Tuesday, July 31, 2018

Listen to SCBWI's Newest Podcast: A Conversation with Connie Hsu

Connie Hsu is an executive editor at Roaring Brook Press/Macmillan Publishing, a founding member of the Children’s Book Council Diversity Committee, and a member of the Brooklyn Book Festival Children’s Planning Committee. Her authors include Vera Brosgol, Ruth Chan, Angela Dominguez, Shannon Hale, Kathryn Otoshi, Dan Santat, Steve Sheinkin, Mariko Tamaki, Susan Tan, and Tillie Walden.

In this podcast, Connie speaks with Theo Baker about her journey to being an editor, how she sees an editor’s role, and what she’s looking for in a manuscript.

Listen to the episode trailer here.

Current SCBWI members can listen to the full podcast here (log in first!)

Illustrate and Write On, 

Thursday, July 26, 2018

Translator and Author Lyn Miller-Lachmann Shares Two Insights (and Opportunities) for American Creators of Children's and Teen Literature

In this interview for The Pirate Tree, Lyn Miller-Lachmann has two moments that really shake up the accepted narrative:

“In their reluctance to publish world literature in translation, and books with international settings, U.S. publishers reflect the insularity of the population as a whole. Unfortunately, this reinforcement of insularity – what some see as ‘American exceptionalism’ – does us all a disservice, because our young people are ill-prepared to live in a world that does not center us.”
“The trend in U.S. picture books to have the young person solve every problem often marginalizes or infantilizes elders when we need the energy and creativity of the young and the experience of elders to overcome the challenges that we face today.”

Thought-provoking, isn't it?

The entire interview is well worth-reading. My thanks to Cynthia Leitich-Smith for highlighting it on the indispensable Cynsations.

You can learn more about Lyn at her website here.

Illustrate and Write On,

Tuesday, July 24, 2018

#LA18SCBWI Homework!

Are you attending the upcoming SCBWI Summer Conference in Los Angeles, August 3-6, 2018?

It's coming up fast (the conference starts a week from Friday!) so seize your chance to do some prep work to get the most out of the weekend...

1) Study the schedule. Have a plan going in, about which breakouts you want to attend, which socials you want to participate in, which panelists whose work you haven't yet seen that you want to familiarize yourself with before you show up, so you can get the most out of what they're going to share.

2) Study the faculty list. Are you looking for an agent? Make a list of all the agents on faculty, and do your research online before you get to the conference hotel. That way, you can narrow it down to likely candidates, and focus your attendance and questions.

3) Study the faculty list some more. Even once you have an agent, knowing the editors and art directors working in our industry makes a difference. Who is publishing work you love? Who would you love to be published by? Familiarity with something they've recently published is a great conversation-starter!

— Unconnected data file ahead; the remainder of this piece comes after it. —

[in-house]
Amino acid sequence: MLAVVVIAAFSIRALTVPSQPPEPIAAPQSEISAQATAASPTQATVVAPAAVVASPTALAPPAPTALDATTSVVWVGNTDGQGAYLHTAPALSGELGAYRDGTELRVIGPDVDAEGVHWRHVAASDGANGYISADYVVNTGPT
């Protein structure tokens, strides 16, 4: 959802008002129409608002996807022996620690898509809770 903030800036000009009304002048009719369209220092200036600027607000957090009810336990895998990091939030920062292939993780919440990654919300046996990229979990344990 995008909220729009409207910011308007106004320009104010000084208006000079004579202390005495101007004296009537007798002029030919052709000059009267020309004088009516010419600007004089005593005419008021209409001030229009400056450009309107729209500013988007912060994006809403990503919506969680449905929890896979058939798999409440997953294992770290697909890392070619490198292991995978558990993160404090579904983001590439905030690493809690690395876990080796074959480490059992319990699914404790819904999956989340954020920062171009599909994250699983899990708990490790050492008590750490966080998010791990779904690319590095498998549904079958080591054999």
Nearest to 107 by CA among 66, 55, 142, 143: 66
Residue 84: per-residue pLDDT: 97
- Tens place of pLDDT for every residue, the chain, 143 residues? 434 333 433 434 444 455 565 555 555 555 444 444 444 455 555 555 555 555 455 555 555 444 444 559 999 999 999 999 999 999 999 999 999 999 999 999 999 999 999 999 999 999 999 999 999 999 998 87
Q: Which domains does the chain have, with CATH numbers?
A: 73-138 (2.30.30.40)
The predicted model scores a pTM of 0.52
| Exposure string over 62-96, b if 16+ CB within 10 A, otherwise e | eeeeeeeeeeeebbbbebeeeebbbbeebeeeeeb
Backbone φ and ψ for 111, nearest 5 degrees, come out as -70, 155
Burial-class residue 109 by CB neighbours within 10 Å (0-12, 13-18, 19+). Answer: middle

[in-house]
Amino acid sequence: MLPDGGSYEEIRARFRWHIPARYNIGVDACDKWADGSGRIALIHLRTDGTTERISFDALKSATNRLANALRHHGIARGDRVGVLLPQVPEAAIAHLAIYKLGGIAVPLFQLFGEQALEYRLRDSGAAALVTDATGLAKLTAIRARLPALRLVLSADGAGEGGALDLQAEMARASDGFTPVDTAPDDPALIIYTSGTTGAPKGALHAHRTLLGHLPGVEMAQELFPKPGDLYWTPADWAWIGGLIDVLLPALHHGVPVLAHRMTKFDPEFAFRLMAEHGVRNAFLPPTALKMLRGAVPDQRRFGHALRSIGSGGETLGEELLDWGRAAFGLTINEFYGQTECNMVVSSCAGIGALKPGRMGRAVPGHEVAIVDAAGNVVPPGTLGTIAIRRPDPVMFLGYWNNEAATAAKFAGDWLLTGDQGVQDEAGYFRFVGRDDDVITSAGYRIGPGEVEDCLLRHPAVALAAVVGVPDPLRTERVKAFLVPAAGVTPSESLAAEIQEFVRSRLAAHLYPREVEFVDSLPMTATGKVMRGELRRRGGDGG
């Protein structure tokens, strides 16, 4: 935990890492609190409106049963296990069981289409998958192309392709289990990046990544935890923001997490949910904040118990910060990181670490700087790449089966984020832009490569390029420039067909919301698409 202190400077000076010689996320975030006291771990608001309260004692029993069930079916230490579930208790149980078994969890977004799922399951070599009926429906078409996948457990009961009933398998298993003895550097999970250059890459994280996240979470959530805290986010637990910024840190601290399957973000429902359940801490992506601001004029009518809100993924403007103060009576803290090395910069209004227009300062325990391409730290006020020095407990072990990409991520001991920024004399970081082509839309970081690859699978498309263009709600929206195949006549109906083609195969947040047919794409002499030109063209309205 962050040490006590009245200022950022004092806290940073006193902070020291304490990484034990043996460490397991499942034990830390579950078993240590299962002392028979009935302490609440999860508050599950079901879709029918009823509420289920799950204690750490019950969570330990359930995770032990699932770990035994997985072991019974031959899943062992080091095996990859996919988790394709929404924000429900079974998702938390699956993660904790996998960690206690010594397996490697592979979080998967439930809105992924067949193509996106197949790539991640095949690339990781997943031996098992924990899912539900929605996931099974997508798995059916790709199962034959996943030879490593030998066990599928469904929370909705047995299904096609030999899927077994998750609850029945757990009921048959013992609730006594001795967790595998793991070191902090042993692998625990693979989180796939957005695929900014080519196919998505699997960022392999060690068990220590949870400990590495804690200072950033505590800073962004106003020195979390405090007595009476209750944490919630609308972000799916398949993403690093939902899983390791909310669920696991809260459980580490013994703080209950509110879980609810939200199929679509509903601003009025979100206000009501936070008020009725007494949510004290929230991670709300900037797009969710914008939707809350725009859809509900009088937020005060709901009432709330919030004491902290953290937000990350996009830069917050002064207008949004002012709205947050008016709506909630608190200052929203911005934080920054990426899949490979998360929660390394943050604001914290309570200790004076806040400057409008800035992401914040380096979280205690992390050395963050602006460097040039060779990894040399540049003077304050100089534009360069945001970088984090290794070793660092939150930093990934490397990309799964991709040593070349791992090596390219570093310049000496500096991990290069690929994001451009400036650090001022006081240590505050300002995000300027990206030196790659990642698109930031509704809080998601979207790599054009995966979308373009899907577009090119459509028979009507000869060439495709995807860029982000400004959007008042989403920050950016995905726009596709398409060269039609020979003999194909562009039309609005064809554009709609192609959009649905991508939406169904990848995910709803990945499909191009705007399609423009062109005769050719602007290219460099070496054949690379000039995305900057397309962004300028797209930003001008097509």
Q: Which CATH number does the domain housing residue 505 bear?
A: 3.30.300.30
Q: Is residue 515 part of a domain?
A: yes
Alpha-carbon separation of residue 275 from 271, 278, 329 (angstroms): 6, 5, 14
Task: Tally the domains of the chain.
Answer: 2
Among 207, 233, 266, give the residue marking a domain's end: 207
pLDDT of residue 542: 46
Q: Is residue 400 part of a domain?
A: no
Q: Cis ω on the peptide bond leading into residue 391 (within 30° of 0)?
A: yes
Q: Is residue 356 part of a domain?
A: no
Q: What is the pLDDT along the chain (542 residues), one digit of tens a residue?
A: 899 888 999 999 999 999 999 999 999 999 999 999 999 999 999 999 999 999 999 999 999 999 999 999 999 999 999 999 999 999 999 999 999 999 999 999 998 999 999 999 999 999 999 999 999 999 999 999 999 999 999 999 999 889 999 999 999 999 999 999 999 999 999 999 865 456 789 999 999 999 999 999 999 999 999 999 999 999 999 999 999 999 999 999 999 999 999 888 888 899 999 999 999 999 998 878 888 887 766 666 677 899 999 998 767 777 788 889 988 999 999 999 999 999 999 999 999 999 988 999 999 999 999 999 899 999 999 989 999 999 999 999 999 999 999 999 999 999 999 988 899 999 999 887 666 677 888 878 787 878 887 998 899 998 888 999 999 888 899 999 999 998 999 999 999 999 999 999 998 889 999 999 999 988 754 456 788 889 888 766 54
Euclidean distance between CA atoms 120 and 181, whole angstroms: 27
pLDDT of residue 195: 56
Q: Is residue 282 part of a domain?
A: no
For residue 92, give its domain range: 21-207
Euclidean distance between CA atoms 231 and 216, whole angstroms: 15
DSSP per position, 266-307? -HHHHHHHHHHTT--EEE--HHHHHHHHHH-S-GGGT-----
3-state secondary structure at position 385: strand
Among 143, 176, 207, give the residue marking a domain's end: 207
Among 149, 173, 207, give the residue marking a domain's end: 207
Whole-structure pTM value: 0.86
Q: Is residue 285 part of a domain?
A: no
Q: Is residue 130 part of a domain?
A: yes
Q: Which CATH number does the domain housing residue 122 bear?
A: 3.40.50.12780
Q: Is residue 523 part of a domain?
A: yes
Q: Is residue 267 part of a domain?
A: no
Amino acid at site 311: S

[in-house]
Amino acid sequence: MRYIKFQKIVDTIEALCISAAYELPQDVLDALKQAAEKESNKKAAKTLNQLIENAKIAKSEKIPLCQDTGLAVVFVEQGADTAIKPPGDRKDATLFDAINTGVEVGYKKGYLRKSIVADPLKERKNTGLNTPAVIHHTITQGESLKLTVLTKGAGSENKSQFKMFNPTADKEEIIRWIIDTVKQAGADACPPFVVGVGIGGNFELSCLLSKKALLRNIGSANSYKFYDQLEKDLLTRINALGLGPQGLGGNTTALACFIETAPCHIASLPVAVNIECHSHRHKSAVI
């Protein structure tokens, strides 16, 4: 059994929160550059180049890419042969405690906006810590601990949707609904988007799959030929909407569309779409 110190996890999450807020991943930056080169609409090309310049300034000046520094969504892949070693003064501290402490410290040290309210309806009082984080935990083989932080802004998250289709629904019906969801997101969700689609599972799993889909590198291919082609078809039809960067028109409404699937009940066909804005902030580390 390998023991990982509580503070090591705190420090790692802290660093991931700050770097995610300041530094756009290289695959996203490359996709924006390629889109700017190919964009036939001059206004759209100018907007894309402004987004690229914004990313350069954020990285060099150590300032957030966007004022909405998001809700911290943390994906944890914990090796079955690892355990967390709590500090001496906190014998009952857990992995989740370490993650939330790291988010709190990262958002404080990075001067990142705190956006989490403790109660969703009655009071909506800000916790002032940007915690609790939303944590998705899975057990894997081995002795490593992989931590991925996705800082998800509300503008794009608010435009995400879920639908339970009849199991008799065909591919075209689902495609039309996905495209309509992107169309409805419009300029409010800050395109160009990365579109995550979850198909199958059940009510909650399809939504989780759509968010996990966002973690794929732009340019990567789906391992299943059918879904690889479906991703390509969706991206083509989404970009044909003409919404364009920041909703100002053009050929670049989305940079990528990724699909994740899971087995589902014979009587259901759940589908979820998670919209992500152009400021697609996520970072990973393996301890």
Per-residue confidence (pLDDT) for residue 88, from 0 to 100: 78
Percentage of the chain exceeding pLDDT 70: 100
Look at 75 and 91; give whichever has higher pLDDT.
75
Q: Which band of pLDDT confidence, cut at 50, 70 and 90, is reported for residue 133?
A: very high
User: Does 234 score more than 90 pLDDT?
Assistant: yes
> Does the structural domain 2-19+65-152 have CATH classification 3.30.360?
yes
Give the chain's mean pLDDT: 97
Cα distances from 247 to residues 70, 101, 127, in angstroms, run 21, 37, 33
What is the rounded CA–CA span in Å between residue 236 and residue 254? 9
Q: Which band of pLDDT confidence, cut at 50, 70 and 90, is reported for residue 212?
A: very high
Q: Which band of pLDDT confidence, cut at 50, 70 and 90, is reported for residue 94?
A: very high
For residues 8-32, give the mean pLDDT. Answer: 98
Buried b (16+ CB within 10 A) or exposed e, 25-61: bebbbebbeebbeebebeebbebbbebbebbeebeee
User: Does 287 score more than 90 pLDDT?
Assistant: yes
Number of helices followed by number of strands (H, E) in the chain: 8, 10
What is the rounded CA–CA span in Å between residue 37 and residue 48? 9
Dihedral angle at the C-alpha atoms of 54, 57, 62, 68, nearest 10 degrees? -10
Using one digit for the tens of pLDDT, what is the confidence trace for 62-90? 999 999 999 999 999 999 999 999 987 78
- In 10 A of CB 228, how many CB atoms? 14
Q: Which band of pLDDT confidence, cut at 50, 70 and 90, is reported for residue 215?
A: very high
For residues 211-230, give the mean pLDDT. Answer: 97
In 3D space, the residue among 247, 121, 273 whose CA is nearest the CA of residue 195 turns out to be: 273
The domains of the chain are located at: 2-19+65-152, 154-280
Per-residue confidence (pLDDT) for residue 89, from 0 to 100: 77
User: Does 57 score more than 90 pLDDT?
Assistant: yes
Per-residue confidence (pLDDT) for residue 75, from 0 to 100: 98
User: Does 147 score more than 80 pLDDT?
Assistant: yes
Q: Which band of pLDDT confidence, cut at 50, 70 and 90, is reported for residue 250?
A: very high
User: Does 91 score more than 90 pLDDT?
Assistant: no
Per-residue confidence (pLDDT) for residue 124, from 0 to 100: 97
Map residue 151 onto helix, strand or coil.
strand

4) Study the faculty list even more. Who's writing and/or illustrating in your category and genre? Who are you MOST excited to hear from, learn from, and meet? Get their latest book, and read it before you get to the conference. Again, familiarity with something they've recently published is a great conversation-starter!

5) Prepare how you'll present yourself and your work. What's your elevator pitch? Finish up your portfolio. Get business cards or postcards ready to share. Oh, and what's your approach to the Ball?

Then, once you've done your homework and you get to the conference here in Los Angeles, be open to the serendipity of things you didn't plan for... sometimes, those are the moments that yield the biggest take-aways of all!

Illustrate and Write On, and see you soon!

Thursday, July 19, 2018

Children's Book Council Announces Their CBC Diversity Outstanding Achievement Awards Program

As explained at the CBC website,

These awards will be given annually, beginning in fall 2018, to professionals in the children’s publishing industry who are making or have made a significant impact on diversity in book creation and/or employment practices. Qualifications for the award include but are not limited to: the publishing and marketing of diverse books, diversity in hiring and mentoring, and efforts that create greater awareness with the public about the importance of diverse voices.
The nominations will be crowdsourced,
From July 30 to August 17, employees of all CBC member publishers can nominate individuals in the industry, along with a description of the reasons for their nomination. An online form will be distributed by email and be available on the CBC website. All the nominations will be read by the members of the CBC Diversity Committee, who will choose three-to-five winners to be announced at the CBC Annual Meeting on September 27. The award winners will each get to select an organization of their choice to receive one thousand dollars’ worth of children’s books in their name.
Cheering the CBC on in this new initiative—here's hoping it will shine a spotlight on those already doing great diversity-enhancing things in the world of Children's Literature, and motivate everyone to do more!

And it's a nice touch that the prize (beyond the acclaim) is to have hopefully diverse books donated to an organization in the winner's name. That's a prize that walks the walk! Read all the details here.

Illustrate and Write On,

Tuesday, July 17, 2018

Industry Info to Know: How Local Indie Stores Can Compete With Amazon